Commodity markets are markets where raw or primary products are exchanged. These raw commodities are traded on regulated commodities exchanges, in which they are bought and sold in standardized contracts.
This article focuses on the history and current debates regarding global commodity markets. It covers physical product (food, metals, and electricity) markets but not the ways that services, including those of governments, nor investment, nor debt, can be seen as a commodity. Articles on reinsurance markets, stock markets, bond markets and currency markets cover those concerns separately and in more depth. One focus of this article is the relationship between simple commodity money and the more complex instruments offered in the commodity markets.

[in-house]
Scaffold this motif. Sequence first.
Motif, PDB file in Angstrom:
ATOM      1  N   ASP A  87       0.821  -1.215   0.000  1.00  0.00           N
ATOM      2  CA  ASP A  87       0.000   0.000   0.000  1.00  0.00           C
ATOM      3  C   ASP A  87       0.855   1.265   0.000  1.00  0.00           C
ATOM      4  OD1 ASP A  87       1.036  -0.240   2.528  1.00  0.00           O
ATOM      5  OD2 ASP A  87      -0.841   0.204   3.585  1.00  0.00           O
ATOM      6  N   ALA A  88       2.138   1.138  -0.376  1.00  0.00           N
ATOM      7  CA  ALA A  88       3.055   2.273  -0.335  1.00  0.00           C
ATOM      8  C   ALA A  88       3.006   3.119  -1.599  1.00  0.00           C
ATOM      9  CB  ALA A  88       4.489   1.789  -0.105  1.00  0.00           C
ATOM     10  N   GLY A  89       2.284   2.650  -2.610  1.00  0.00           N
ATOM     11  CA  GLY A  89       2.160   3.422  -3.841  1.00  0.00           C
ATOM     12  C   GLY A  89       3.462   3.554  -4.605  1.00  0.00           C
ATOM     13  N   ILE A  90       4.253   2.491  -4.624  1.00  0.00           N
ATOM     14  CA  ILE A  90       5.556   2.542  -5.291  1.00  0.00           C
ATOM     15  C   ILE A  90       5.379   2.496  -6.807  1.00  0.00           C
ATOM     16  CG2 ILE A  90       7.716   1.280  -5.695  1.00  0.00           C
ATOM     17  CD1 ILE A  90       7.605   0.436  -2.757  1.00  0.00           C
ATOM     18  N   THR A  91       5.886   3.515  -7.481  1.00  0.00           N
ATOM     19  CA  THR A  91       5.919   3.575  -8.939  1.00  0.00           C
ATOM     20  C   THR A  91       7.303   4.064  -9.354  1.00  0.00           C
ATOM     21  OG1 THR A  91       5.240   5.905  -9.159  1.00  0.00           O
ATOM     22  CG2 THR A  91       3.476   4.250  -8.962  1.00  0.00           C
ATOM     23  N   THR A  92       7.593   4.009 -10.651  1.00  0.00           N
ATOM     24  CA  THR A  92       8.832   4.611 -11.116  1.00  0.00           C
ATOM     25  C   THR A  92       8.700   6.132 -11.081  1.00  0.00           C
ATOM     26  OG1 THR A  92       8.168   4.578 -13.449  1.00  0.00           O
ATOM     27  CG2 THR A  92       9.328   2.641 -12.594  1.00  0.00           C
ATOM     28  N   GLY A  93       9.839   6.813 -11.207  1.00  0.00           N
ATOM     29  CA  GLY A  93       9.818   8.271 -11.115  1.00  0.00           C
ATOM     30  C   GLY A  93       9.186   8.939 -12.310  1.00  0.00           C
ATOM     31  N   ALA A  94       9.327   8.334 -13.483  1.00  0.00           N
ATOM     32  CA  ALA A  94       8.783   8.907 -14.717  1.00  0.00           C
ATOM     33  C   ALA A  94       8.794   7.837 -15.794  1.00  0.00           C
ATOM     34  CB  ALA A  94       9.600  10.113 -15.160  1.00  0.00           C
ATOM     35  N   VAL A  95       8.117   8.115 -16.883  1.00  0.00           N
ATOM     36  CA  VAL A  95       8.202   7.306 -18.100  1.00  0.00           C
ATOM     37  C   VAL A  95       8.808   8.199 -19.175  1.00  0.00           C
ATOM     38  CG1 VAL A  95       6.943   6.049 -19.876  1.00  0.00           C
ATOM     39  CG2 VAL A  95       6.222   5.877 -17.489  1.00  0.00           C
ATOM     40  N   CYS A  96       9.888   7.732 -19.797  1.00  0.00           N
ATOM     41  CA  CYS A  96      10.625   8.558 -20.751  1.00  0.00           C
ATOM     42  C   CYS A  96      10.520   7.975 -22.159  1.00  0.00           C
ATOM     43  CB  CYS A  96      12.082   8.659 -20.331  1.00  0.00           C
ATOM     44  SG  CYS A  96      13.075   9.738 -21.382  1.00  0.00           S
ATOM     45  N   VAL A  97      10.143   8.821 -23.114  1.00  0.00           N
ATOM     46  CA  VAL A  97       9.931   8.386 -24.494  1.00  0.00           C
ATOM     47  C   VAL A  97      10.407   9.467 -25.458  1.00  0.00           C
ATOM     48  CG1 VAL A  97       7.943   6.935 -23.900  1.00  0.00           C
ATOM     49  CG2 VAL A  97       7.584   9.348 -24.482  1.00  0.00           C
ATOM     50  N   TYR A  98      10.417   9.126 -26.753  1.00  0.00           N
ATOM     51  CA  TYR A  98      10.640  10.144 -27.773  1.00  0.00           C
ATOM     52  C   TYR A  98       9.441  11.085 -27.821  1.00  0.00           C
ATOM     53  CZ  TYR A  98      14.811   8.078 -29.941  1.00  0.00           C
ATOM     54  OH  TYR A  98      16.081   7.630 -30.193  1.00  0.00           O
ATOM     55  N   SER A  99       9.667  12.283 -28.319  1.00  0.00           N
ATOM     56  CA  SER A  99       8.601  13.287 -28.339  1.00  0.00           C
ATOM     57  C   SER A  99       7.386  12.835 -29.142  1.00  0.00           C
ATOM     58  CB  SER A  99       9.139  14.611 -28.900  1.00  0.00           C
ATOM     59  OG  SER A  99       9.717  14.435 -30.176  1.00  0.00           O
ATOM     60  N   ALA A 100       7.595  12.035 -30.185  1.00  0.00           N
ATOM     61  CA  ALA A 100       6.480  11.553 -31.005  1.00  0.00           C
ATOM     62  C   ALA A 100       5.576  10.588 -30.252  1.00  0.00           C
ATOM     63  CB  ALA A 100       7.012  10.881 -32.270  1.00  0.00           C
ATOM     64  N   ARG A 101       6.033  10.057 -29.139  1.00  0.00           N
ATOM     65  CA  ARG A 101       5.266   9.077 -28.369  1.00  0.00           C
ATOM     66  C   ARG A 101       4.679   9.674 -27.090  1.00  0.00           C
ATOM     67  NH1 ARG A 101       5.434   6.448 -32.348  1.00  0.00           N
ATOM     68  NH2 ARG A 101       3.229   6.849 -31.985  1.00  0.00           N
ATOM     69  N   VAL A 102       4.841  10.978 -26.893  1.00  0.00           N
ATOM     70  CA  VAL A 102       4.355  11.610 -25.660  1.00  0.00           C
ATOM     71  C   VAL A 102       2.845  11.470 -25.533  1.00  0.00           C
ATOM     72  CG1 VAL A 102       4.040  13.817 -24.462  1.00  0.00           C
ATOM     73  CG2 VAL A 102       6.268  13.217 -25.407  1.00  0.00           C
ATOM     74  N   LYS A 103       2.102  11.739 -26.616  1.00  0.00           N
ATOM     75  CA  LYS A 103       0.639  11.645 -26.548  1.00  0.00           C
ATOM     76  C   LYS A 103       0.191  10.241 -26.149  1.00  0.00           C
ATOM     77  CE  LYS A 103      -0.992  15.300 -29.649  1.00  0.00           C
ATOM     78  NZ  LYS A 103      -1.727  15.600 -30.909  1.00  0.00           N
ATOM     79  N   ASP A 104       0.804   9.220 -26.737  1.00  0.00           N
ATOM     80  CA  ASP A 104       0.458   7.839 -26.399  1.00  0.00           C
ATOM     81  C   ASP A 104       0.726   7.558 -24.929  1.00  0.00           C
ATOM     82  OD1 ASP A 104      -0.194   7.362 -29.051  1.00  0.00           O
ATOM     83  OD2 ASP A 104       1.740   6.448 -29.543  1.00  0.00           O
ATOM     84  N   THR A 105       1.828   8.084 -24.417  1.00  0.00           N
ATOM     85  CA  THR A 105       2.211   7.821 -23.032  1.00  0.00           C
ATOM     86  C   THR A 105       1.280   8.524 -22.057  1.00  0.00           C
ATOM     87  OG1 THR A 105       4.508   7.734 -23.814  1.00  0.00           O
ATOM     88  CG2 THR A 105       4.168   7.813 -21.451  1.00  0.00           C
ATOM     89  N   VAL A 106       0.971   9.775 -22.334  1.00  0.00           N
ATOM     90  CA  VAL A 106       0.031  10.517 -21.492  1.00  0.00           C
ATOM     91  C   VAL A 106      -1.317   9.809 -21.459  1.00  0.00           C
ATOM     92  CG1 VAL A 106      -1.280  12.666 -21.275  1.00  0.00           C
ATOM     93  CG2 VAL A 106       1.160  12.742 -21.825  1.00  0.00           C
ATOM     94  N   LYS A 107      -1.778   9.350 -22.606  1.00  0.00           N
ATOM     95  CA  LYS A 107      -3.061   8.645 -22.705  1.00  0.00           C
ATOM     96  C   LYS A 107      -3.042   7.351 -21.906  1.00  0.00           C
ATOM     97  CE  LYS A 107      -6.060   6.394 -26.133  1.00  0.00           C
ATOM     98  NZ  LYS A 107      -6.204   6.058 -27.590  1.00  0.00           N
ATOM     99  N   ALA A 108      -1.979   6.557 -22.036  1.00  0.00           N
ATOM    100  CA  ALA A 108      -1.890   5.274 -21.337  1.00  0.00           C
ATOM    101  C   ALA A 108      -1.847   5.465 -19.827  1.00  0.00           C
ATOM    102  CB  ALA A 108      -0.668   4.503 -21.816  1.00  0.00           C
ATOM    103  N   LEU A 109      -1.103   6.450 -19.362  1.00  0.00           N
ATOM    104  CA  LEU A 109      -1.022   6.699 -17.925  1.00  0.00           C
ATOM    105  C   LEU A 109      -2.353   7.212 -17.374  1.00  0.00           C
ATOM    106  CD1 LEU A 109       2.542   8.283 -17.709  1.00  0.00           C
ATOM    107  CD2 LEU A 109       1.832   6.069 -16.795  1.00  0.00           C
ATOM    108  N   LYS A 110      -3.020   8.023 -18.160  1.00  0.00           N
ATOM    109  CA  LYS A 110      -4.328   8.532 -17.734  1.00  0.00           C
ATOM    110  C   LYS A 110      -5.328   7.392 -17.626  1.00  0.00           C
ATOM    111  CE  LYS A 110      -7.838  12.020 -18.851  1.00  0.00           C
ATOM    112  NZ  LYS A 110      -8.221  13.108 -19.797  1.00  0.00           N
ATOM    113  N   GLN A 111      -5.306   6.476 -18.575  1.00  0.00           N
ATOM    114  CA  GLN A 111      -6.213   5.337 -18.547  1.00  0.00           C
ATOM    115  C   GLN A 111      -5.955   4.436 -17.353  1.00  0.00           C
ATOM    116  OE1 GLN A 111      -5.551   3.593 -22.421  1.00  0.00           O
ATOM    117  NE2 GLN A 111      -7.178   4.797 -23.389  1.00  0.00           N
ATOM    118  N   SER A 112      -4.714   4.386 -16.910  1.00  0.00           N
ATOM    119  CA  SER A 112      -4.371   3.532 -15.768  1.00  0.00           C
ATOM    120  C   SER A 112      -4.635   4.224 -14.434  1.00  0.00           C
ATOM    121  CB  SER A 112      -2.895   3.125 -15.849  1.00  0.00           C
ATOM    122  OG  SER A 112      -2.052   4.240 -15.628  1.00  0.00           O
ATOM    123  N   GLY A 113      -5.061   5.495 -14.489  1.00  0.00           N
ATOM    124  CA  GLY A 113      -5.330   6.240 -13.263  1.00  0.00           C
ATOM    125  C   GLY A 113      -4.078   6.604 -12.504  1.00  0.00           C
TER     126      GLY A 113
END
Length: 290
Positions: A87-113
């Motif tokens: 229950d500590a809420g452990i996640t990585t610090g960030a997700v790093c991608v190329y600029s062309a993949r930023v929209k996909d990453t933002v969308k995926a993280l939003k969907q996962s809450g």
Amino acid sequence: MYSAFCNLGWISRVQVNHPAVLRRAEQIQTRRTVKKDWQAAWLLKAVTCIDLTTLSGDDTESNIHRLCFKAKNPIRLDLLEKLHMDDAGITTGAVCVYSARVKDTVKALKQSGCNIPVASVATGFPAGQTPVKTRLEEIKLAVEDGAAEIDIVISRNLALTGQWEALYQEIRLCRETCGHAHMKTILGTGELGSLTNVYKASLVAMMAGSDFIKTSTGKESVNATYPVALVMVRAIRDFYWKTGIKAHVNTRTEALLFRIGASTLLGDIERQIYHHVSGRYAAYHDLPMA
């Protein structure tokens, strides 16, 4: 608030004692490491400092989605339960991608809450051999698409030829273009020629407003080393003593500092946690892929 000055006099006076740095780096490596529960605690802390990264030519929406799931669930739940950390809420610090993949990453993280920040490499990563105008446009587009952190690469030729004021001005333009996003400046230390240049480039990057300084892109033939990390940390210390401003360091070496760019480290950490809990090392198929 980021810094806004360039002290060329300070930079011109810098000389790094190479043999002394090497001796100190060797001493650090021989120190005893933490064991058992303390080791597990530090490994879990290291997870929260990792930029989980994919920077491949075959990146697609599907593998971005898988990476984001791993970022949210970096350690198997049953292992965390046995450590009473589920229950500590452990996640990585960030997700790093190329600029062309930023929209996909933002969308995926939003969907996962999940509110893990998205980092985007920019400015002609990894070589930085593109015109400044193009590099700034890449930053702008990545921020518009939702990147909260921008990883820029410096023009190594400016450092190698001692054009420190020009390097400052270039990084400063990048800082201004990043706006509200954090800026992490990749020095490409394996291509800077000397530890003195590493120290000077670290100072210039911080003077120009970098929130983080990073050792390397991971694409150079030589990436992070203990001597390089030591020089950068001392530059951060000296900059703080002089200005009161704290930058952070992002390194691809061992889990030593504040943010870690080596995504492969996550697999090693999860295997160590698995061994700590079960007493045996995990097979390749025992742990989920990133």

A commodity broker is a firm or individual who executes orders to buy or sell commodity contracts on behalf of clients and charges them a commission. A firm or individual who trades for his own account is called a trader. Commodity contracts include futures, options, and similar financial derivatives. Clients who trade commodity contracts are either hedger using the derivatives markets to manage risk, or speculators who are willing to assume that risk from hedgers in hopes of a profit.